“These organizations test for quality, purity and freedom from contaminants,” she says. “Their seal helps you know that the supplement contains what its label says it contains, that it disintegrates properly in the body and has been produced in accordance with good manufacturing processes in a certified facility.”

Supplements to avoid during cancer treatment

Skousen recommends avoiding antioxidant supplements during cancer treatment because of the potential for tumor protection and reduced survival. 

“Taking antioxidant supplements may protect the cancer cells that the treatment is trying to destroy,” she says.

Antioxidant supplements include:

  • Vitamin A

  • Vitamin C

  • Vitamin E

  • Selenium

  • Coenzyme Q10 (CoQ10)

She notes that it’s safe to consume whole-food sources of antioxidants during treatment.

Whole foods don’t contain similarly large amounts of antioxidative nutrients that a single-dose vitamin supplement would,” she says. “Many nutritious fruits and vegetables are great sources of antioxidants (such as berries, spinach, tomatoes, and broccoli). Include these foods as tolerated.”

She also recommends avoiding St. John’s wort supplements, which can interfere with how certain chemotherapies work.

Other supplements—like high-dose beta-carotene—may increase cancer risk. That’s why it’s crucial to talk to your oncologist or dietitian before taking any supplements.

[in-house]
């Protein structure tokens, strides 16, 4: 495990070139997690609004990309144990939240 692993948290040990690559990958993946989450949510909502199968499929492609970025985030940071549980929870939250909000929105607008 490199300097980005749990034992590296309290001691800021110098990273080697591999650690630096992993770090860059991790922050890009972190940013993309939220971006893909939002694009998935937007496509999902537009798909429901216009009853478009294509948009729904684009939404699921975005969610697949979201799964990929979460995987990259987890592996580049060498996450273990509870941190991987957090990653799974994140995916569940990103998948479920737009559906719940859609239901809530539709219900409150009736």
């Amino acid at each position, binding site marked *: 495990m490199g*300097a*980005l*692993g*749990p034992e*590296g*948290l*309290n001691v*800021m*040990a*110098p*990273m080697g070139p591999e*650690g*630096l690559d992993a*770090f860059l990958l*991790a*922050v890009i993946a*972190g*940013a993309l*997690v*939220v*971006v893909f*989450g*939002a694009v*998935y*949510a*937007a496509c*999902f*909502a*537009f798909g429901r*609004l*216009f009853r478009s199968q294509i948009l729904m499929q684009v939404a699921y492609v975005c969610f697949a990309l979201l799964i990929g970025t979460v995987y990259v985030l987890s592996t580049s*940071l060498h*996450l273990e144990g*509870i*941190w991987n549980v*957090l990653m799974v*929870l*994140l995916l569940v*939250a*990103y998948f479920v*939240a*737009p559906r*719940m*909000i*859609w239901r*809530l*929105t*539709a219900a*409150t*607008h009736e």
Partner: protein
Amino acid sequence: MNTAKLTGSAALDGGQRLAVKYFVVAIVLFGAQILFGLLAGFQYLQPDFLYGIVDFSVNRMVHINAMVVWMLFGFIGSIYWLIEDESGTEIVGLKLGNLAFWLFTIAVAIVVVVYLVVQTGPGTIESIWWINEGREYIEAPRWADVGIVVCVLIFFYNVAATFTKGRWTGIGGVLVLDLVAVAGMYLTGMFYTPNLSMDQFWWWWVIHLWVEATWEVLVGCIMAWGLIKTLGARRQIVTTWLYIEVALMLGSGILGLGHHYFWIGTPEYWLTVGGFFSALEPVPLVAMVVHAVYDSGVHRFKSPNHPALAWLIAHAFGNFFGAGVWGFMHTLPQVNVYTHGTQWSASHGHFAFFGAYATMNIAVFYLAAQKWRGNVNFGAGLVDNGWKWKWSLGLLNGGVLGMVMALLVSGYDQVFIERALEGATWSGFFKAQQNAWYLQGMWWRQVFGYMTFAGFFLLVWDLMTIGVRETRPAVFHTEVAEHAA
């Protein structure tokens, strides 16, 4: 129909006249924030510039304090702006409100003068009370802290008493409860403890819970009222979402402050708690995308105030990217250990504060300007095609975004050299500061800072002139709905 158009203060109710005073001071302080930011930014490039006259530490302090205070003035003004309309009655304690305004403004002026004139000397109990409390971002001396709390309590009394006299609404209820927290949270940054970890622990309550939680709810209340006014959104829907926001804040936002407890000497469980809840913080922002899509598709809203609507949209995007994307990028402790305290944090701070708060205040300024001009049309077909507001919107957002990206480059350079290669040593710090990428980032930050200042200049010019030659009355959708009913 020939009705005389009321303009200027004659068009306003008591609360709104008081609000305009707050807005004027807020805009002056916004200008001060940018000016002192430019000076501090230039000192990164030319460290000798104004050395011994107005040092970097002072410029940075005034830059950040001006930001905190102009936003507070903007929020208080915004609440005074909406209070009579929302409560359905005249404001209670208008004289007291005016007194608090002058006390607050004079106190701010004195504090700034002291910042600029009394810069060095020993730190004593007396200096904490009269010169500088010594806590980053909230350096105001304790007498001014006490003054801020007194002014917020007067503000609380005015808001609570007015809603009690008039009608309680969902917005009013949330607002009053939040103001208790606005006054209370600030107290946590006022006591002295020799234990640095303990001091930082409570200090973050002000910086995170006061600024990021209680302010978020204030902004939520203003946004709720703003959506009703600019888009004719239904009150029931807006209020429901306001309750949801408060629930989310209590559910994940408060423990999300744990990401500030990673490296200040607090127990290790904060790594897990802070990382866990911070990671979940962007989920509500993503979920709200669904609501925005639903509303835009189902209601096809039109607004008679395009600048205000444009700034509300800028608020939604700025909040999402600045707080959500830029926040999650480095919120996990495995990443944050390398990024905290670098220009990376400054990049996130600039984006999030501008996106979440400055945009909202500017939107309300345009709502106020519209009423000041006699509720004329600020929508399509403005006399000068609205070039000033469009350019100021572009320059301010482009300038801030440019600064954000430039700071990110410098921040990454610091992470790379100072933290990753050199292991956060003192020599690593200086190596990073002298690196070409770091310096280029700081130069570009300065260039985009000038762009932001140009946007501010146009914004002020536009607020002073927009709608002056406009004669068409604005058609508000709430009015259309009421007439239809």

“Research shows that individuals who smoke and take high-dose beta-carotene supplements are at an increased risk for lung cancer,” she says.

If you’re planning to undergo surgery, it’s important to avoid supplements that increase your bleeding risk, such as garlic extract, ginseng and fish oil.

“It’s also important that you understand why you need to take a supplement, how much you should take and for how long you should take it,” says Skousen.

How are vitamins and supplements regulated?

“You may see a lot on the internet or hear from friends about certain supplements, but it’s important to know that supplements aren’t regulated in the same way as over-the-counter medications,” says Skousen. “Just because it’s on the shelf at the store or available online doesn’t mean it does what it claims to do.”

The Food and Drug Administration (FDA) is in charge of regulating supplements, she explains.

“In general, the FDA considers medications unsafe until they are proven safe in clinical trials. Medications go through a lot of testing,” says Skousen. “However, it’s almost the opposite for supplements: They can be sold online and in stores without manufactures having to prove that they’re safe as long as they don’t claim to diagnose, prevent or cure disease. The FDA only steps in if it gets reports that a supplement has caused harm. And that’s only after a product has been on the market.”

The bottom line: “If it sounds too good to be true, it probably is.”

Getting nutrients from whole-food sources

Skousen says getting your vitamins and minerals from whole-food sources is best.

“Research shows that supplementation with a particular nutrient may be beneficial for people with low dietary intakes or blood levels of that nutrient,” she says. “But supplementation may have no effect or even be harmful if you already have adequate levels of that nutrient through healthy and fortified foods.”

She adds, “Getting your nutrients from food and eating a well-balanced diet with fruits, vegetables, herbs and spices is generally safer and better absorbed by the body than taking vitamins and minerals in supplement form.”

Check out more nutrition tips from Cancer Wellness experts.